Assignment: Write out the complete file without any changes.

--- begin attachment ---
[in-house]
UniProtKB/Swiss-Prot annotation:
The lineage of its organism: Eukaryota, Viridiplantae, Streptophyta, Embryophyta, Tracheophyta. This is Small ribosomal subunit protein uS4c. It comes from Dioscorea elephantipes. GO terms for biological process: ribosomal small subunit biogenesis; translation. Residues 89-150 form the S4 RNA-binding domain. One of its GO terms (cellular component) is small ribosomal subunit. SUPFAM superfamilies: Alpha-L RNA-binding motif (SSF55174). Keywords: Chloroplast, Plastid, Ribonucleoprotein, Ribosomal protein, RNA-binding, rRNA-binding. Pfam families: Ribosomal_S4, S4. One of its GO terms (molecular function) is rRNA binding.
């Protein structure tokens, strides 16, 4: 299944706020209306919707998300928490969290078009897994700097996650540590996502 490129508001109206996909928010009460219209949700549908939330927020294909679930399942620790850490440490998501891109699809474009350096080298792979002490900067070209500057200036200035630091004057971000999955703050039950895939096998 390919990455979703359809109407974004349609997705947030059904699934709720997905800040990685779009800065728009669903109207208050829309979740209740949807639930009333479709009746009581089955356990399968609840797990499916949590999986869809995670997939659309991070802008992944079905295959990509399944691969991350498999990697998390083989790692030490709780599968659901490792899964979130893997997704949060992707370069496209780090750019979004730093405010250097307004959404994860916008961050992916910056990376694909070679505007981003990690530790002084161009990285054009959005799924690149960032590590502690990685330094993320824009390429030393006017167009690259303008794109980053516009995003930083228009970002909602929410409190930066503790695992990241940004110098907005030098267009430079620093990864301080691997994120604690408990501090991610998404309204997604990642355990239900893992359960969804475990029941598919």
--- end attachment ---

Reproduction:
[in-house]
UniProtKB/Swiss-Prot annotation:
The lineage of its organism: Eukaryota, Viridiplantae, Streptophyta, Embryophyta, Tracheophyta. This is Small ribosomal subunit protein uS4c. It comes from Dioscorea elephantipes. GO terms for biological process: ribosomal small subunit biogenesis; translation. Residues 89-150 form the S4 RNA-binding domain. One of its GO terms (cellular component) is small ribosomal subunit. SUPFAM superfamilies: Alpha-L RNA-binding motif (SSF55174). Keywords: Chloroplast, Plastid, Ribonucleoprotein, Ribosomal protein, RNA-binding, rRNA-binding. Pfam families: Ribosomal_S4, S4. One of its GO terms (molecular function) is rRNA binding.
């Protein structure tokens, strides 16, 4: 299944706020209306919707998300928490969290078009897994700097996650540590996502 490129508001109206996909928010009460219209949700549908939330927020294909679930399942620790850490440490998501891109699809474009350096080298792979002490900067070209500057200036200035630091004057971000999955703050039950895939096998 390919990455979703359809109407974004349609997705947030059904699934709720997905800040990685779009800065728009669903109207208050829309979740209740949807639930009333479709009746009581089955356990399968609840797990499916949590999986869809995670997939659309991070802008992944079905295959990509399944691969991350498999990697998390083989790692030490709780599968659901490792899964979130893997997704949060992707370069496209780090750019979004730093405010250097307004959404994860916008961050992916910056990376694909070679505007981003990690530790002084161009990285054009959005799924690149960032590590502690990685330094993320824009390429030393006017167009690259303008794109980053516009995003930083228009970002909602929410409190930066503790695992990241940004110098907005030098267009430079620093990864301080691997994120604690408990501090991610998404309204997604990642355990239900893992359960969804475990029941598919």